Quantifying the RKE requires measuring the nTOF signals along multiple independent nTOF lines of sight to fully disambiguate coherent and incoherent flow, as well as the true burn weighted Tion.

Francisco Barbosa, target diagnostics engineer, services the North Pole neutron time-of-flight detector (nTOF) on the roof of the NIF building. The diagnostic detects and records neutron arrival times during NIF experiments. Credit: James Pryatel.

The NIS uses a precisely aligned set of apertures near the target to form the neutron images on a segmented scintillator. The images are recorded on a gated, intensified charge coupled device. Although the aperture set may be as close as 20 centimeters to the target, the imaging camera system is placed at a distance of 28 meters from the target.

During the NIC, Sandia led the development of three diagnostic capabilities onto NIF: SPIDER, RAGS and NAD20. Through the National Diagnostic Working Group other transformational diagnostic capabilities have been developed for each lab. The two labs worked to bring a Wolter Imaging Diagnostic to Z and Sandia continues to provide hCMOS sensors that are used in several NIF diagnostics.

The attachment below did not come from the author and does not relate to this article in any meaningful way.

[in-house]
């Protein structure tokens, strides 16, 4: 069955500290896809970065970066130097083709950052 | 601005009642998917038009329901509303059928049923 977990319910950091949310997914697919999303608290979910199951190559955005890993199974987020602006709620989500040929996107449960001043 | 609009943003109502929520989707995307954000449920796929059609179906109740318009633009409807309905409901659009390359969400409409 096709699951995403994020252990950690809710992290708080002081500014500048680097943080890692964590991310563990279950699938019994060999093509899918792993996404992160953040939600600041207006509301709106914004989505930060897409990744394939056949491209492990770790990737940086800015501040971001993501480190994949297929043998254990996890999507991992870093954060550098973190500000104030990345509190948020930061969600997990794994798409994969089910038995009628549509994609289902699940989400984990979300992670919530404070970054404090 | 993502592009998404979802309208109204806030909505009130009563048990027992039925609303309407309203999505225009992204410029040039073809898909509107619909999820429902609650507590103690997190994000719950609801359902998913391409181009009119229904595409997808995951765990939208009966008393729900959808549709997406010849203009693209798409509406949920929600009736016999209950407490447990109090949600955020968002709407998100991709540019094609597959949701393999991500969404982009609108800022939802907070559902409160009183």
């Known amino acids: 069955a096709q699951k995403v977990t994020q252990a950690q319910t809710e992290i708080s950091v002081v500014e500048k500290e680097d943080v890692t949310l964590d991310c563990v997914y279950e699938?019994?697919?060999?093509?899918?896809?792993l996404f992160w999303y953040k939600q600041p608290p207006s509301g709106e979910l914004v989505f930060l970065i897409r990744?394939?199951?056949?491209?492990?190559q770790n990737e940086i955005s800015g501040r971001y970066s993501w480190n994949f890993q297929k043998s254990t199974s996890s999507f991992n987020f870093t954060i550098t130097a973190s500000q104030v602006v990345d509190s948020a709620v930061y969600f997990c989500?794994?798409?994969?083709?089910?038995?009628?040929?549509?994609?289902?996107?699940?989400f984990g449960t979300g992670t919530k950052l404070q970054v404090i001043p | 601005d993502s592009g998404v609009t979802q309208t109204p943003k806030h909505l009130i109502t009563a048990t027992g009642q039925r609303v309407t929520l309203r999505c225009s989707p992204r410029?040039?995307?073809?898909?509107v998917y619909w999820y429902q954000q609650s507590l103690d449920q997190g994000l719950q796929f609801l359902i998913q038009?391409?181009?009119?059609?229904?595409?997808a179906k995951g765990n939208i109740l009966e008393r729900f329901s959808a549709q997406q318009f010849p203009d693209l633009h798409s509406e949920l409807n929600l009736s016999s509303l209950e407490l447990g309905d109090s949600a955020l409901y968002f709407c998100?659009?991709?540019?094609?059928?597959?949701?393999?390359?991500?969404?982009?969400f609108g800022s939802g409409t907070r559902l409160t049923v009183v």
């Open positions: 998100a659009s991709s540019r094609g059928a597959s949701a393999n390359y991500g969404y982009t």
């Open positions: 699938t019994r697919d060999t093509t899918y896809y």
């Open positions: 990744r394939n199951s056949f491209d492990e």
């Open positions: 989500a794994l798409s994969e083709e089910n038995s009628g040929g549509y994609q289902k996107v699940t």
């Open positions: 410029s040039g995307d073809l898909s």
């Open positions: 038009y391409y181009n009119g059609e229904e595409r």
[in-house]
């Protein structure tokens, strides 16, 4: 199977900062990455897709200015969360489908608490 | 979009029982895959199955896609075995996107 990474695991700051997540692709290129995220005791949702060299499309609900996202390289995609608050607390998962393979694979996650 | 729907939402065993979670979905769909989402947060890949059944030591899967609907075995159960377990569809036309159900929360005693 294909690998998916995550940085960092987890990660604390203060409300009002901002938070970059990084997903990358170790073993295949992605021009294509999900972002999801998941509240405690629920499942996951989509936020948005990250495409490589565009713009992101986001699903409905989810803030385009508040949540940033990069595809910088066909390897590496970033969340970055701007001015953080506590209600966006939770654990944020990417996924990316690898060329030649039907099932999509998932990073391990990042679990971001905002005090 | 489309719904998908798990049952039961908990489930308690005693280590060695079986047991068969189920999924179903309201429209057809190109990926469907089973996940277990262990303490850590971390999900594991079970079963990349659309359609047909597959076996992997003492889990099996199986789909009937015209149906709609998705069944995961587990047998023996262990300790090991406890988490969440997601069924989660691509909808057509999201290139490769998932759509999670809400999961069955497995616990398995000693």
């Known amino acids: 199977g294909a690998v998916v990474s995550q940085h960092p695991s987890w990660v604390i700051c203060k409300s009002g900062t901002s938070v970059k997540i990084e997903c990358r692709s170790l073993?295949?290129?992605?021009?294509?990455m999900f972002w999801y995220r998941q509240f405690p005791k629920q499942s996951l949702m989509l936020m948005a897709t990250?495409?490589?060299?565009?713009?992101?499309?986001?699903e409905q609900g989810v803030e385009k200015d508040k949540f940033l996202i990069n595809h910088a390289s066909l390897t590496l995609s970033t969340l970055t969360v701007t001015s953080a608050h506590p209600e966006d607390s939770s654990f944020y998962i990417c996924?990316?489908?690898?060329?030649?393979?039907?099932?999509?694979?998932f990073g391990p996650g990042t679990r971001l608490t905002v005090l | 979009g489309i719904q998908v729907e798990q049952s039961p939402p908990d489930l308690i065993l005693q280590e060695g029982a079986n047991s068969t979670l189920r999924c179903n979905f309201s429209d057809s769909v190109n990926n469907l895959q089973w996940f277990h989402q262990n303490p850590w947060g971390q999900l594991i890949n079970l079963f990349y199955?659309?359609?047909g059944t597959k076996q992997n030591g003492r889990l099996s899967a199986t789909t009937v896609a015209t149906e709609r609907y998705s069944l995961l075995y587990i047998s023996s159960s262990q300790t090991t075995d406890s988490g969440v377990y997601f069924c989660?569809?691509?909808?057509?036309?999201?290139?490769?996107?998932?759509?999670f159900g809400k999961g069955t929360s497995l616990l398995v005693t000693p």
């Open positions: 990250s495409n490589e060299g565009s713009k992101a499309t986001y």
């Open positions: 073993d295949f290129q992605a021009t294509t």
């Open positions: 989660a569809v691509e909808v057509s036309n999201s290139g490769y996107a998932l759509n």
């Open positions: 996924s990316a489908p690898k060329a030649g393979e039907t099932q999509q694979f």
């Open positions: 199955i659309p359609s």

Another notable partnership between LLNL and Sandia was the Line Velocity Interferometer System for Any Reflector (VISAR) project that began in 2015 and commissioned in 2018, which transferred the VISAR technology to the Z facility. This effort was awarded a National Nuclear Security Administration Defense Programs Award of Excellence.

According to Bowers, the strong relationship between LLNL and Sandia is required for these projects to work. LLNL experimentalists are learning a lot about how Z works and its constraints, while at the same time Sandia employees are learning a lot about NIF and how to leverage NIF technology for Sandia and what technologies are not amenable for transfer.

“Although COVID-19 has caused several issues with the collaboration, the positive side is that both teams work now on Webex for all of the design work,” Bowers said. “Because of the new telecommuting mentality, the two teams have become integrated better as one team. The Sandia and Livermore teams are working as one team.”